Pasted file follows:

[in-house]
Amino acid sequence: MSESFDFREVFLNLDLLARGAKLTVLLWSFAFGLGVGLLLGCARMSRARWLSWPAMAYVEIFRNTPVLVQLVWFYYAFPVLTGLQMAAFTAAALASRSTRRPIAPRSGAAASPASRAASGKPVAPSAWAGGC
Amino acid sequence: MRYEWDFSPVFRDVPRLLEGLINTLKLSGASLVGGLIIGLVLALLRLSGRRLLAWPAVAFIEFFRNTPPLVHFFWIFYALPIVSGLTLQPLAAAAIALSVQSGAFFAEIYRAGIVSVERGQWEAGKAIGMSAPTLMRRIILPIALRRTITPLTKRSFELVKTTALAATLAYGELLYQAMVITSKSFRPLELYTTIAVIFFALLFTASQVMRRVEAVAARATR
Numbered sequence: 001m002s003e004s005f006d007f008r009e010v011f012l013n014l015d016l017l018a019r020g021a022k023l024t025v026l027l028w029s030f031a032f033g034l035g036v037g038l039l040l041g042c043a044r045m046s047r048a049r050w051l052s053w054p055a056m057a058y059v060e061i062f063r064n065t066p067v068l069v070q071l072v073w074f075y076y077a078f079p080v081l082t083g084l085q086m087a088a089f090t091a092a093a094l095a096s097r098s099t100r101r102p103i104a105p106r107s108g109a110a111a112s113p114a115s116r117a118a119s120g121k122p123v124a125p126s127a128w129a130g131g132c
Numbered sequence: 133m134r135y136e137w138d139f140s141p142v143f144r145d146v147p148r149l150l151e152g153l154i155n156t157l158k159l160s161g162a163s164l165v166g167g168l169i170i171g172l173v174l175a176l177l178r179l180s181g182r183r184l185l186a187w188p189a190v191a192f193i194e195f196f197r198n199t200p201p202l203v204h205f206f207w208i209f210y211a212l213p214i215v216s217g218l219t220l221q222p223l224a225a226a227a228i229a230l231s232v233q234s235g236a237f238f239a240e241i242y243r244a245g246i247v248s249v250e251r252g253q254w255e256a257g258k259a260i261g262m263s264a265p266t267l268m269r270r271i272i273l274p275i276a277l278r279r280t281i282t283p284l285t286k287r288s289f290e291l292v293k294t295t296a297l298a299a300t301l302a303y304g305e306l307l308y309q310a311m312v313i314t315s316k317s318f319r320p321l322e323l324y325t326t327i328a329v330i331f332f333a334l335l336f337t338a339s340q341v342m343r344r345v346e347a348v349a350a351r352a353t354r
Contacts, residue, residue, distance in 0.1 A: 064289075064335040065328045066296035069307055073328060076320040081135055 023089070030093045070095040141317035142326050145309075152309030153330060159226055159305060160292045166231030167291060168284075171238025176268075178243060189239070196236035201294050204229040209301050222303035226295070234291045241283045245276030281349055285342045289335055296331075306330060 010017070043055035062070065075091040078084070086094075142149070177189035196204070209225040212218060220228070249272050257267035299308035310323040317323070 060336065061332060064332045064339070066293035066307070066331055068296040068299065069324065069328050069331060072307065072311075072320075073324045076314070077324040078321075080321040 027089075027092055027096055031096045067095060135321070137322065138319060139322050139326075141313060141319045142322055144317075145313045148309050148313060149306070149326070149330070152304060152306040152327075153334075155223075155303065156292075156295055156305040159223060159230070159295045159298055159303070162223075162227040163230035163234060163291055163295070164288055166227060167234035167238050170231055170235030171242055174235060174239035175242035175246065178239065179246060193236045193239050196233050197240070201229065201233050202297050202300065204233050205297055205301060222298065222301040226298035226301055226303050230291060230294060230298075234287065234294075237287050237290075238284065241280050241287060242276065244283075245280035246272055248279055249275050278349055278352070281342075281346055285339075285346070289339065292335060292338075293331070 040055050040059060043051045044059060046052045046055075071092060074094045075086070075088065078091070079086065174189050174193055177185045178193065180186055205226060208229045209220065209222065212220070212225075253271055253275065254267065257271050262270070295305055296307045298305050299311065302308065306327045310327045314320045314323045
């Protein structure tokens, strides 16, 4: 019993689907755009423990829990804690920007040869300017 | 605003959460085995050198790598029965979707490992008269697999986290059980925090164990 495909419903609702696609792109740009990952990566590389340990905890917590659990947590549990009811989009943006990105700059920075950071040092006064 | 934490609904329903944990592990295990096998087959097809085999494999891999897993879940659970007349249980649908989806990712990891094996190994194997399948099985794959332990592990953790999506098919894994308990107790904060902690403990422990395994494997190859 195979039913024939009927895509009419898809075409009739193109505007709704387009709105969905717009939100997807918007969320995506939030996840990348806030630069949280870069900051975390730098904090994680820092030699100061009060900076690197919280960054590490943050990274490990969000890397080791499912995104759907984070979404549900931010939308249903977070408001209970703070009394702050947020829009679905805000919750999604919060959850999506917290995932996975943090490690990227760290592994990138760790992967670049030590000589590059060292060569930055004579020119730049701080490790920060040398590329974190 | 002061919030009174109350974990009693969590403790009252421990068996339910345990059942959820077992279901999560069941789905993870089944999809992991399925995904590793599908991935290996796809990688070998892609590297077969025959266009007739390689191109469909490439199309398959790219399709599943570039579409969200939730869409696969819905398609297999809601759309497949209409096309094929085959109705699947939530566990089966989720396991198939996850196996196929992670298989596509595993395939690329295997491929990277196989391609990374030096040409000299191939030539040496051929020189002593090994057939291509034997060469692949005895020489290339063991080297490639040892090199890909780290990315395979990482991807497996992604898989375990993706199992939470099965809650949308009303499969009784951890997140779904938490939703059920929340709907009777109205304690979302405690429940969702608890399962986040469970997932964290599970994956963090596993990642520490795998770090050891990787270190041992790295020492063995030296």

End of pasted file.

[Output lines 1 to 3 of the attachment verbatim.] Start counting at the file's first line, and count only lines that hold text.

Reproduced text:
[in-house]
Amino acid sequence: MSESFDFREVFLNLDLLARGAKLTVLLWSFAFGLGVGLLLGCARMSRARWLSWPAMAYVEIFRNTPVLVQLVWFYYAFPVLTGLQMAAFTAAALASRSTRRPIAPRSGAAASPASRAASGKPVAPSAWAGGC
Amino acid sequence: MRYEWDFSPVFRDVPRLLEGLINTLKLSGASLVGGLIIGLVLALLRLSGRRLLAWPAVAFIEFFRNTPPLVHFFWIFYALPIVSGLTLQPLAAAAIALSVQSGAFFAEIYRAGIVSVERGQWEAGKAIGMSAPTLMRRIILPIALRRTITPLTKRSFELVKTTALAATLAYGELLYQAMVITSKSFRPLELYTTIAVIFFALLFTASQVMRRVEAVAARATR